Welcome! I'm pretty new to brewing, myself. :-)
I started out with extract but it didn't take me long to try out BIAB (brew in a bag), which is a pretty easy way to get started with all-grain. I've had some great results with BIAB so far. I'm starting to see some limits to it, but it depends on how advanced you want to get.
There's a ton of great posts here and I've been learning a lot, myself.
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I was going to try BIAB next! I’ve got an 8gal kettle so it shouldn’t be a problem. I get my kits from Northern Brewer and I should be able to do two batches with a 5gal kit I think. Do you do any kind of sparging with BIAB or do you just top off the fermenter? Also are you buying your grains pre milled or doing it yourself? Is there any benifit or downside to either?
I BIAB exclusively. Batches are 3 gallons into the fermenter, 2.5 gallons packaged. I use an 8 gallon kettle. I full volume mash (no top-up needed), and never sparge.
I mill my own grain (on my Kitchen Aid) and will say that for consistency, milling yourself is the way to go. But it isn't a requirement. If you have your grain pre-milled, you may want to let whoever is doing it that you will be brewing in a bag. Generally, BIAB benefits from a finer grain crush.
The biggest tricks with BIAB are 1) finding the perfect grain crush and 2) getting your volumes correct. That is, knowing what your losses will be. Grain absorption, boil off, kettle losses and fermenter losses all have to factored in when determining your batch size. As a quick example, a pretty standard beer for me will require approximately 5 gallons of mash water. By the time my losses add up, I have 3 gallons into the fermenter and 2.5 gallons in the keg.
I’ve got a 3 gal Fermonster that I’m using. How do you go about calculating your volumes or is it a trial and error thing? I’ve seen people state calculations for gallons per pound of grain, but what are you doing to calculate your losses in the fermenter or is the mash volume more important?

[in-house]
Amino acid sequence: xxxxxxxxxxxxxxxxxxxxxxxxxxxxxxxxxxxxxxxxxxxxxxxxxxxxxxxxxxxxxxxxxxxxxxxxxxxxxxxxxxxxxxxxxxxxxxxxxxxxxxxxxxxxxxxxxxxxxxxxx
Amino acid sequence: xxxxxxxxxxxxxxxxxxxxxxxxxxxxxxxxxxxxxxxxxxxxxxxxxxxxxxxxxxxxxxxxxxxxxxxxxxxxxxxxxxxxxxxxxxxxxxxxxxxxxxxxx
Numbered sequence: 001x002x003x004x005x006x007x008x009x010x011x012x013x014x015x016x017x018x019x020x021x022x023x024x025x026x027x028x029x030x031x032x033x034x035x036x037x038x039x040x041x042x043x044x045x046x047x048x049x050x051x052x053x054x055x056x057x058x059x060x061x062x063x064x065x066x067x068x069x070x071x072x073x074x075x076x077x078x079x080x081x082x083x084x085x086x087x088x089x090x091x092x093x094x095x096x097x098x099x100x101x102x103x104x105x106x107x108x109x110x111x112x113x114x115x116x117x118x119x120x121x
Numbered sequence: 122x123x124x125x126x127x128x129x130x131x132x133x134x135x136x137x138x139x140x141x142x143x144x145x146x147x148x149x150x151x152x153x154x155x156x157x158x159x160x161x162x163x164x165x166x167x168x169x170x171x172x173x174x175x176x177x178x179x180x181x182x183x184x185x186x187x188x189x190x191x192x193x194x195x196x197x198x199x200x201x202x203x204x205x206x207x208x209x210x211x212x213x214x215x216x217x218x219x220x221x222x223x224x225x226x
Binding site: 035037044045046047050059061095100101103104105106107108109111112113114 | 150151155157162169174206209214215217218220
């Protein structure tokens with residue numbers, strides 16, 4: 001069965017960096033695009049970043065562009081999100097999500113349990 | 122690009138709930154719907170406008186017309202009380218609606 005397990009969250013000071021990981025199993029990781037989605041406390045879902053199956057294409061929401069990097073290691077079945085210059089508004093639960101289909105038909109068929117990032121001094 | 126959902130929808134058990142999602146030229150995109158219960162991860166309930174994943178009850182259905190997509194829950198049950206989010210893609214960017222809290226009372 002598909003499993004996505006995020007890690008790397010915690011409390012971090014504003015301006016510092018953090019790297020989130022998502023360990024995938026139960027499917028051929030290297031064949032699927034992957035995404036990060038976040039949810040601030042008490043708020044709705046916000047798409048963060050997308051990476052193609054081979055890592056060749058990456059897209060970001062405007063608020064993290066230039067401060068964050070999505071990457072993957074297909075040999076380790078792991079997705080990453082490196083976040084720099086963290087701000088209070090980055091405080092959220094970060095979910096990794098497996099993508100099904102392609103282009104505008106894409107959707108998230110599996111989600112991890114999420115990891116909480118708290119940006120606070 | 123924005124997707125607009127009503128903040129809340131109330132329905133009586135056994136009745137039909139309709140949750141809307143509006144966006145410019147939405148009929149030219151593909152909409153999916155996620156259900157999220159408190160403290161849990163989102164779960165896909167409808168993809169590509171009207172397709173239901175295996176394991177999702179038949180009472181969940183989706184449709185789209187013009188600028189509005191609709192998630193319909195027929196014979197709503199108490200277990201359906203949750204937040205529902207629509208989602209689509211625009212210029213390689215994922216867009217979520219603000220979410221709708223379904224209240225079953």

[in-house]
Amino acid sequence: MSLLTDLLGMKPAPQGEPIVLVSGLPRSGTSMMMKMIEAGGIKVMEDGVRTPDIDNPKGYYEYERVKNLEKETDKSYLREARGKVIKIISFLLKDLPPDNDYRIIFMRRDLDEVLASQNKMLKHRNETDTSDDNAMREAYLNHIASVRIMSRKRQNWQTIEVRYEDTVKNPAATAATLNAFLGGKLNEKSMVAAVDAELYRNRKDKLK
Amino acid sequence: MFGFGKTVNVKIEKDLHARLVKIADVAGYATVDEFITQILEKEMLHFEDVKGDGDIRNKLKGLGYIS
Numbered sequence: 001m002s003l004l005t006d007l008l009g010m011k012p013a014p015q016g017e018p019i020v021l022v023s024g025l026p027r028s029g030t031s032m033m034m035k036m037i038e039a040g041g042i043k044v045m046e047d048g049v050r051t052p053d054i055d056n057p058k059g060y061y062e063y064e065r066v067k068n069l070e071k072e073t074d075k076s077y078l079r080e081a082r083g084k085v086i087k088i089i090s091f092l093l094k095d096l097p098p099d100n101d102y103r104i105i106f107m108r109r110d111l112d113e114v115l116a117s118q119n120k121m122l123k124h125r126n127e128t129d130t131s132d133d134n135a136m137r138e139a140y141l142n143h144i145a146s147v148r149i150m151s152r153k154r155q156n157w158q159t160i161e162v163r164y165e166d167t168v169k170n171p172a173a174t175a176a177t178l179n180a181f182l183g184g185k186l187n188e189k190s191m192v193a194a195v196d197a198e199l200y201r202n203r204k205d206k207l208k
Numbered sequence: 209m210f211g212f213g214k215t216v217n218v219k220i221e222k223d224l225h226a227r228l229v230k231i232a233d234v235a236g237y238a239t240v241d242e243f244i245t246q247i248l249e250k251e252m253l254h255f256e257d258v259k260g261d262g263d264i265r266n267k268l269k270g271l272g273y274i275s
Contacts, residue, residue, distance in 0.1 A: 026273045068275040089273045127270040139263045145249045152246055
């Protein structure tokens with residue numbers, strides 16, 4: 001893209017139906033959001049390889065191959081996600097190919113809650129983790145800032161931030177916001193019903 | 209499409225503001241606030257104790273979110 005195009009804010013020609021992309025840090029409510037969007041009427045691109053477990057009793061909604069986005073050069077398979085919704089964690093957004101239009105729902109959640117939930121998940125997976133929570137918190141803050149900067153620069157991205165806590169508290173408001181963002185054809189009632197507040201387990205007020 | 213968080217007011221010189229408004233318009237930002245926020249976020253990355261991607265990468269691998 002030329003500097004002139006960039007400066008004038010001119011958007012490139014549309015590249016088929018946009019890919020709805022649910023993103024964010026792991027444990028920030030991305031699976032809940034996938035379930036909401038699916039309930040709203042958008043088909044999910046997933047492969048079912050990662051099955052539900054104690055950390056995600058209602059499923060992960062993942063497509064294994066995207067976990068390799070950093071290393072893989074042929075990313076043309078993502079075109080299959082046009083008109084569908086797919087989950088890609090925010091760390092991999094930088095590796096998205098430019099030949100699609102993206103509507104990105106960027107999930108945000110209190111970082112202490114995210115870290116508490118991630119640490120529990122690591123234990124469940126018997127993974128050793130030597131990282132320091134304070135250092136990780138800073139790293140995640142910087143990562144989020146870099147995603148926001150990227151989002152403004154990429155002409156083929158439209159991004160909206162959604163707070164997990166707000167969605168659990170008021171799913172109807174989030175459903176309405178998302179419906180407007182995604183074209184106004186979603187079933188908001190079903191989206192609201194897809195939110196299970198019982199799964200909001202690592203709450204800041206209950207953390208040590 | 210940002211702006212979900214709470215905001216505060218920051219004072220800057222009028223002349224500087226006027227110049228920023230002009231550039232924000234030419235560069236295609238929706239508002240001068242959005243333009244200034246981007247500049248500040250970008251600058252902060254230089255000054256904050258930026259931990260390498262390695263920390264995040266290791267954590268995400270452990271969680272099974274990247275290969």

The numbers I have settled on have come from jotting down what happens during every brew. Eventually, once I got my crush where I wanted, all the numbers kind of fell in line and became easily repeatable.
Here's a recent beer I brewed and how it all adds up:
6.5 # Grain for a 1.047 OG beer
Grain absorption = .11 gallons/lb
Boil Off Rate - .67 gallons/hour
Kettle Loss - .625 gallons
Fermenter Loss - .5 gallon
2.5 gallons packaged
+ .5 gallon Fermenter Loss (yeast, hops, whatever that gets left in the fermenter)
+ .625 gallon Kettle Loss (gunk that gets left behind in the kettle during transfer to fermenter, a completely fungible number)
+ .67 gallon boil off (assuming a lazy, 1 hour boil)
+ .715 gallon grain absorption
Total Mash water = 5.01 gallons or 5 gallons for homebrewing purposes.
Grain absorption is going to be greatly influenced by exactly how long and how hard you decide to squeeze the bag after mashing. I squeeze only enough to hit my "Pre-Boil" volume and stop there. My "Pre-Boil" volume is ALWAYS 4.3 gallons (2.5 + .5 + .625 + .67).
Which leads to another point if you are using a standard kettle: Try and find a reliable way to measure your kettle volumes. There are a lot of ways to do this, but I ended up filling my kettle to different levels and measuring with a stainless steel ruler. So as an example, my typical strike volume of 5 gallons in my kettle = 7-1/4" on the ruler. My "Pre-Boil" volume (the volume to which I squeeze the bag) of 4.3 gallons = 6-1/4".
Hope this helps. Good luck.